The condition of the feet are impacted by everything from how active a person is, sports participation, systemic medical conditions, professional duties, and even what shoes a person wears. Any motion, activity, or force that places an abnormal stress on the structures of the feet can result in an injury. Keep in mind that the above can be a one time traumatic event or a cumulative injury from small repetitive overuse or misuse.

The most common injuries are sprains of the ligaments, strains of the muscles , bruises, and fractures of the bones. Other common foot injuries and sources of foot pain include:

* Turf toe - the base of the big toe becomes painful, reddened, and swollen due to acute tendonitis of the plantar and dorsal surface tendons, a strain, or injury to the first MTP joint. The injury is commonly associated with the big toe hyper-extending.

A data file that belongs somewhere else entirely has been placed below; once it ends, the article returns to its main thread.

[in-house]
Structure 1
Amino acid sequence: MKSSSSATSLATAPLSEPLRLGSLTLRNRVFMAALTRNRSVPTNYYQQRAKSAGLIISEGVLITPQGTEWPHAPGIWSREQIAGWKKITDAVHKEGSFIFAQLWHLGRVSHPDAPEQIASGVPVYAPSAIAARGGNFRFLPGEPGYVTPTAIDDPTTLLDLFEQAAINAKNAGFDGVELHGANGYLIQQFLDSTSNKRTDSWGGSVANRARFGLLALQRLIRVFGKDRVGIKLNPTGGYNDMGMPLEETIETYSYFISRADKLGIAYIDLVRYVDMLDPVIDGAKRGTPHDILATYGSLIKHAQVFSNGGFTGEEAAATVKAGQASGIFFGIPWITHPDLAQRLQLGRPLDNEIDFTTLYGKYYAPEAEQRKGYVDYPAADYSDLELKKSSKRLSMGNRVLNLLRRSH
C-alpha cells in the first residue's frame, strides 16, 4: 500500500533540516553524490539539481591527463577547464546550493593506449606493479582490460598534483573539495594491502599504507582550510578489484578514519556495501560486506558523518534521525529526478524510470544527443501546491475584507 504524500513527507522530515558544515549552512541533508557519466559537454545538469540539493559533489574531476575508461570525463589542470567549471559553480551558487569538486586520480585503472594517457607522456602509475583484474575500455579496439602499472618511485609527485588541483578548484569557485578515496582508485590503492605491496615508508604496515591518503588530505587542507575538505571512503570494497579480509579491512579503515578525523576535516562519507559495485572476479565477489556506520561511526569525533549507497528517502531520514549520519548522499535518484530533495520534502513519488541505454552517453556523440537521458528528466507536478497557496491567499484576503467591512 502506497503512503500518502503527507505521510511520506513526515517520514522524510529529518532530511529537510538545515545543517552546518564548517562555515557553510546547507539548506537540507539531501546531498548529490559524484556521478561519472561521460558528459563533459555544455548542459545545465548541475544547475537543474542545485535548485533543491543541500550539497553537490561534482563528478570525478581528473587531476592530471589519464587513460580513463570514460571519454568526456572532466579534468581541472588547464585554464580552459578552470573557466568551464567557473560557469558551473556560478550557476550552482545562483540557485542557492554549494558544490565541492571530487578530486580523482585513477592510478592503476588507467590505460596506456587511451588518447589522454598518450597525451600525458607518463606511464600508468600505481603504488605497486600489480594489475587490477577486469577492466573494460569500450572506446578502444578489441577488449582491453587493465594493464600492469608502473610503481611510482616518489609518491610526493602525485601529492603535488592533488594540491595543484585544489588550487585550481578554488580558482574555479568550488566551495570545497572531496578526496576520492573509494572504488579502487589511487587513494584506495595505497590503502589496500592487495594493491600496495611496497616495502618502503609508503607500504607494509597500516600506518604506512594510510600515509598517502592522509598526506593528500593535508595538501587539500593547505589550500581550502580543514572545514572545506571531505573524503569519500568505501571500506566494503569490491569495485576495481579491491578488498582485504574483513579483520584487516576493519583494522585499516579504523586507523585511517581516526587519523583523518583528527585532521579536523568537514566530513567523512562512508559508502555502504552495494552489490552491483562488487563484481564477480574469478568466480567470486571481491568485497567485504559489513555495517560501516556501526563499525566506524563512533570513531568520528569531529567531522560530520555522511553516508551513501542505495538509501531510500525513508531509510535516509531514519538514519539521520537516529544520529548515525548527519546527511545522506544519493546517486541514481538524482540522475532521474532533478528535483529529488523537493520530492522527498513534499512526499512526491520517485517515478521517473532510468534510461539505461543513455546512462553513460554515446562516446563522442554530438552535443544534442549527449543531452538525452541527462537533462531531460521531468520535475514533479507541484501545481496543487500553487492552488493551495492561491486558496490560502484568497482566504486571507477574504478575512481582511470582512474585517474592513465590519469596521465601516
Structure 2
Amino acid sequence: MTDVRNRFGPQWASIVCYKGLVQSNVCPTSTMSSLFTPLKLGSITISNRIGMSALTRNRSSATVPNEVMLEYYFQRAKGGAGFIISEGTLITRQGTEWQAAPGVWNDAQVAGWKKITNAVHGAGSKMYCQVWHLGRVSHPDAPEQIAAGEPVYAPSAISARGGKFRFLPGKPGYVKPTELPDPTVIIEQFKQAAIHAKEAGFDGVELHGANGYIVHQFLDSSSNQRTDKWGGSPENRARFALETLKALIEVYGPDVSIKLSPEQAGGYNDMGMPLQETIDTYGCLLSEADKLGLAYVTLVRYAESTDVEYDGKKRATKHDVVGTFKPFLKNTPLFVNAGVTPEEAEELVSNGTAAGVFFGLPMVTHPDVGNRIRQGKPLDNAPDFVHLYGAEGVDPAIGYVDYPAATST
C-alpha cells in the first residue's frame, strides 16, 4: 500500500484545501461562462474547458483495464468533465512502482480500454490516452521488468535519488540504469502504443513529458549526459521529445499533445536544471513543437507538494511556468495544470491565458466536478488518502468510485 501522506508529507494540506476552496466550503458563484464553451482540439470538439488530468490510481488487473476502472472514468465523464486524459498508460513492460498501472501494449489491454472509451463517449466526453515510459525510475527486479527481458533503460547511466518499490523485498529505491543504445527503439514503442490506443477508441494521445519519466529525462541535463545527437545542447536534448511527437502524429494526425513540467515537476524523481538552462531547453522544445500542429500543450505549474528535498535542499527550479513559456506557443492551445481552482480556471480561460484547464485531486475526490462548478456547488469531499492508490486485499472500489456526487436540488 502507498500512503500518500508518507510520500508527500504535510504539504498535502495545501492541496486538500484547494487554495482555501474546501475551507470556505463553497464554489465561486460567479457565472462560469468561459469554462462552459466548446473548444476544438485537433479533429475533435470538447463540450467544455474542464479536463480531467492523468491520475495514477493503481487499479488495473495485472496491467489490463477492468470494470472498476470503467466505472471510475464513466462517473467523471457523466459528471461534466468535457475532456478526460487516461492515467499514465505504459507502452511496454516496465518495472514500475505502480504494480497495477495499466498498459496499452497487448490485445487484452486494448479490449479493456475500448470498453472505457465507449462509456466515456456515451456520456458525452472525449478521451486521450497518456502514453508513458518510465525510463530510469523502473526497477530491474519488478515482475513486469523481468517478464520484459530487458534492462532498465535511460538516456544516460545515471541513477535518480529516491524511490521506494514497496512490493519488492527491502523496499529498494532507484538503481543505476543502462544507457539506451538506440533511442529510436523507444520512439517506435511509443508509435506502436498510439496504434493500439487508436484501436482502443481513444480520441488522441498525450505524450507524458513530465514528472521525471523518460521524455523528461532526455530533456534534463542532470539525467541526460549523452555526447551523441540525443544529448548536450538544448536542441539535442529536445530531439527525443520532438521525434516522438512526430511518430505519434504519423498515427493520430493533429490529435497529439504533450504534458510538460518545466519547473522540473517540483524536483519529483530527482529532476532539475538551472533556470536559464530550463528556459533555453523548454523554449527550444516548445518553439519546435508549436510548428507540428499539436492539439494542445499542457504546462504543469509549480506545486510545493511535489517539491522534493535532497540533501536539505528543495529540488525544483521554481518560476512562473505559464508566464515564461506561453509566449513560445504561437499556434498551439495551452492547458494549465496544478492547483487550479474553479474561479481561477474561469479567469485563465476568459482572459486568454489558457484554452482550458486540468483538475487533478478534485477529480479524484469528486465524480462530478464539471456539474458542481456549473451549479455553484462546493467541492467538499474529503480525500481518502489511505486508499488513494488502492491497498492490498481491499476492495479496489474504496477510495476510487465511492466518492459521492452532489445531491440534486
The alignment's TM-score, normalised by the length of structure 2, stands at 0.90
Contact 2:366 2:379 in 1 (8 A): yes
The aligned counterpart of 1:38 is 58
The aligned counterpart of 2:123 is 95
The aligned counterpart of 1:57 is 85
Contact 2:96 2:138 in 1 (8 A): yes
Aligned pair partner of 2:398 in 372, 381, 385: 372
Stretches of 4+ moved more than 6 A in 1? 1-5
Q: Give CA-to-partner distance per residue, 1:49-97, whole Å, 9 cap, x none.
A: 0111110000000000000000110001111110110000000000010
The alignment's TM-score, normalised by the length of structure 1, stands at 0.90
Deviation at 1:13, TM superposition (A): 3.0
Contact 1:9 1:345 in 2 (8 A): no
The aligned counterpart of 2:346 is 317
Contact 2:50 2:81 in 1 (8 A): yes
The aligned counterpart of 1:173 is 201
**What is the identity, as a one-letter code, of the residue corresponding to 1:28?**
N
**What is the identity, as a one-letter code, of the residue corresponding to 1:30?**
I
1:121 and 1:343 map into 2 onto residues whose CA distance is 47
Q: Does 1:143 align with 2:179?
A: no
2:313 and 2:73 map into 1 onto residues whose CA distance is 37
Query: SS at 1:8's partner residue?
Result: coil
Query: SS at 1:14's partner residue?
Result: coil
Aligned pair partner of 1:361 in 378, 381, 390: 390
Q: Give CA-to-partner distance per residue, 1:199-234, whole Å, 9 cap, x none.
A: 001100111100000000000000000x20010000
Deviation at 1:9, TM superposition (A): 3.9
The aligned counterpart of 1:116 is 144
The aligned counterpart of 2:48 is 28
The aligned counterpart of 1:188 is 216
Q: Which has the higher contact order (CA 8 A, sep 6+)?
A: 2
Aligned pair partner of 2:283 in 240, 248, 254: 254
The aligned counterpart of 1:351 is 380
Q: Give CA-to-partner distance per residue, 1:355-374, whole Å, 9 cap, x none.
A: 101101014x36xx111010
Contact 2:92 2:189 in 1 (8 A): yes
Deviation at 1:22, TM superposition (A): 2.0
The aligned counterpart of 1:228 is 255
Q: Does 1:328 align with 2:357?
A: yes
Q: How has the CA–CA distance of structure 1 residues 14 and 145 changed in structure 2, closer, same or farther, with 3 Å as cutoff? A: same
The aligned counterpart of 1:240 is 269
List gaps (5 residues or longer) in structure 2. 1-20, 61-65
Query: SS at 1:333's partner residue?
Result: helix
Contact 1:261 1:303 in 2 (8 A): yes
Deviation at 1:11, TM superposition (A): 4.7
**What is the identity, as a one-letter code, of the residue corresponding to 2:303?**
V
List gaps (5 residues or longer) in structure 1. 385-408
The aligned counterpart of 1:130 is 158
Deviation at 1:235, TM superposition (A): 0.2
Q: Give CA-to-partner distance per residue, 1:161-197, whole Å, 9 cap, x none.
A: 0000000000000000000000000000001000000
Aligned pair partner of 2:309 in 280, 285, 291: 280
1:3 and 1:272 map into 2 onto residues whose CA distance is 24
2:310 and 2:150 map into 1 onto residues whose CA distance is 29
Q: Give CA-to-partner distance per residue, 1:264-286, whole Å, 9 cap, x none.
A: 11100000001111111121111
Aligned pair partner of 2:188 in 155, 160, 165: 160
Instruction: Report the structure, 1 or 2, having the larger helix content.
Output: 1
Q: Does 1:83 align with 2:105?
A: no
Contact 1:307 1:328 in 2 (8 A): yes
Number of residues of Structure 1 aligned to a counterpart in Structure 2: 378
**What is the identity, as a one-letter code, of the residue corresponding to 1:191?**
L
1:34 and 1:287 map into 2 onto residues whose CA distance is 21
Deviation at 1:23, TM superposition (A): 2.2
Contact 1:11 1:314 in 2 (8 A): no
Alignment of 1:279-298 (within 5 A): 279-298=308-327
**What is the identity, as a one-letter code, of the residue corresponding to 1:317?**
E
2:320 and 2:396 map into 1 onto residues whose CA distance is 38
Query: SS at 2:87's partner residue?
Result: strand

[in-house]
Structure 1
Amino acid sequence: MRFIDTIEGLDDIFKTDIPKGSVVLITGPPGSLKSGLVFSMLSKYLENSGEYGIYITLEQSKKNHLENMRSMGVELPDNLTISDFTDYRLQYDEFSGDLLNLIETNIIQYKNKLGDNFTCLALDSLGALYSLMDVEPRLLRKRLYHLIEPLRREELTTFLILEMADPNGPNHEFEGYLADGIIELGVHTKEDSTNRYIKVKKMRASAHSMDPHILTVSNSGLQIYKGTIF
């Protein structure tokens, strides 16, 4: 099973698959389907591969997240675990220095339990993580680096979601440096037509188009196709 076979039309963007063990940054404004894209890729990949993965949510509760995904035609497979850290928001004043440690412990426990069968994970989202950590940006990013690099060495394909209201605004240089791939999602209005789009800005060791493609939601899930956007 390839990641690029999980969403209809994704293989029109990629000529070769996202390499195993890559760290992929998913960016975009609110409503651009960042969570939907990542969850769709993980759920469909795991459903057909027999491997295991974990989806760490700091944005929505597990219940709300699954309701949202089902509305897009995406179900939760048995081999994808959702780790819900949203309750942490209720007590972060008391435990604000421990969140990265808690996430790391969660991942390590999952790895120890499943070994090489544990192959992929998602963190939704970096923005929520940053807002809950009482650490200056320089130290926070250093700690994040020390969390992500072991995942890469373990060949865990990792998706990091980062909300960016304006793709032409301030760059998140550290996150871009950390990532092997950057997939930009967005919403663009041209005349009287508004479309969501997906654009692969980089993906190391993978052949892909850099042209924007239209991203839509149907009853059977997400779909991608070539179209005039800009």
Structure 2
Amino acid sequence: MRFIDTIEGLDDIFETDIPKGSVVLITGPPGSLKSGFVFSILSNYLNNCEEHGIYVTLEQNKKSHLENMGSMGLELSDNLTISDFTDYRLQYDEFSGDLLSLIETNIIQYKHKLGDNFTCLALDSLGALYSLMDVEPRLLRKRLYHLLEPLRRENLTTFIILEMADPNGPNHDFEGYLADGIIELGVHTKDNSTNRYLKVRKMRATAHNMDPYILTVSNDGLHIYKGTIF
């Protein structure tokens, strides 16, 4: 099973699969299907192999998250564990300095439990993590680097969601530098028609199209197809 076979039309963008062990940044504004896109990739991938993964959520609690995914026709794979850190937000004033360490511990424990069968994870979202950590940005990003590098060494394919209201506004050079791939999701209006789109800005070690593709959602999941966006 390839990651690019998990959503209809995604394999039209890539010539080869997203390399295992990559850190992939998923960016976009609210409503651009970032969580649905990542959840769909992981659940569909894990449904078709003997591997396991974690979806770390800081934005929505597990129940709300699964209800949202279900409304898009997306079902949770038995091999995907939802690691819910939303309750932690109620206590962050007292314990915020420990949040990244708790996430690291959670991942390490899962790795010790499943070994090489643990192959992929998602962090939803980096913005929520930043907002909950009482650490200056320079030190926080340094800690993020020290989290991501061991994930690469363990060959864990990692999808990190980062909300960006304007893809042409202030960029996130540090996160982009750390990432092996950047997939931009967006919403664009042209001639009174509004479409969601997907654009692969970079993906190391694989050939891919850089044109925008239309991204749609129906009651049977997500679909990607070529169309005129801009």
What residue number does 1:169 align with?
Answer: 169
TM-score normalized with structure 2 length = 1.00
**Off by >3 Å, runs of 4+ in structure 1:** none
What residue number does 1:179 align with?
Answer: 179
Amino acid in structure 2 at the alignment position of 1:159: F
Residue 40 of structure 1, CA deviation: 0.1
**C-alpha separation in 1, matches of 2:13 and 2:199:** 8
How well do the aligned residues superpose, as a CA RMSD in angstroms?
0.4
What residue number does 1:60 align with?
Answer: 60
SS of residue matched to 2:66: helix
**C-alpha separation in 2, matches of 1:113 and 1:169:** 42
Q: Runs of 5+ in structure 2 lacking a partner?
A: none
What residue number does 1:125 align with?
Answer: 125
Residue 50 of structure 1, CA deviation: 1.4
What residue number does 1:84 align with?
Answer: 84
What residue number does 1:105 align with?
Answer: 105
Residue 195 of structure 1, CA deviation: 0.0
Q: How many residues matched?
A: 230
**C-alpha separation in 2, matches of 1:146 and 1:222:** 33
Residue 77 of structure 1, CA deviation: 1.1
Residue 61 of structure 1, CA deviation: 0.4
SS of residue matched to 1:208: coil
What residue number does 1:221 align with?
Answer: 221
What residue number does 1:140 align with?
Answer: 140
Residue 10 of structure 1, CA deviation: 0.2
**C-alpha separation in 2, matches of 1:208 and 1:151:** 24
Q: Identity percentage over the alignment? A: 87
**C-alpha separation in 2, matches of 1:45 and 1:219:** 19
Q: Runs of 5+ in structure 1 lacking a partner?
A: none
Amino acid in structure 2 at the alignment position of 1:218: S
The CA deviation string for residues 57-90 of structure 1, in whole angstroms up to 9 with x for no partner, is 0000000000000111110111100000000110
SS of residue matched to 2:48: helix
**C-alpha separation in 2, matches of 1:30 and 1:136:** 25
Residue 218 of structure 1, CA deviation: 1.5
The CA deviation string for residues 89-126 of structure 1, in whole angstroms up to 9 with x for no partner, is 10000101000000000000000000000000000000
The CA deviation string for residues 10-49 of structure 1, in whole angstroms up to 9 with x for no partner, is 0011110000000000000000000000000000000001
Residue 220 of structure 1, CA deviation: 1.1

* Bone spurs and plantar fasciitis - bone spurs are essentially extra bone growth formed on otherwise normal bones. Spurs on the foot are caused by tightened ligaments, usually the plantar fascia. As the plantar fascia is stressed during activities such as running or dancing, it can tighten and pull on the heel. This causes the ligament to become inflamed (plantar fasciitis) and superficial microscopic damage to occur to the bone. The spur may form as the bone tries to heal.

* Achilles tendinitis or tendinosis - the inflammation or degeneration of the Achilles tendon. The Achilles tendon may also tear away from its bone insertion (Achilles tendon avulsion injury.)

* Metatarsalgia- a painful foot condition in the metatarsal region. The joints and bones at the ball-of-the-foot, usually either just near the big toe or under the 4th, 3rd, or 2nd metatarsal heads, will hurt.

* Morton's neuroma - the thickening of nerve tissues between the toes. Neuroma most often affects the nerve that travels between the fourth and third toes. The condition causes a sharp burning pain in the ball-of-the foot and the toes. The toes may also sting or feel numb.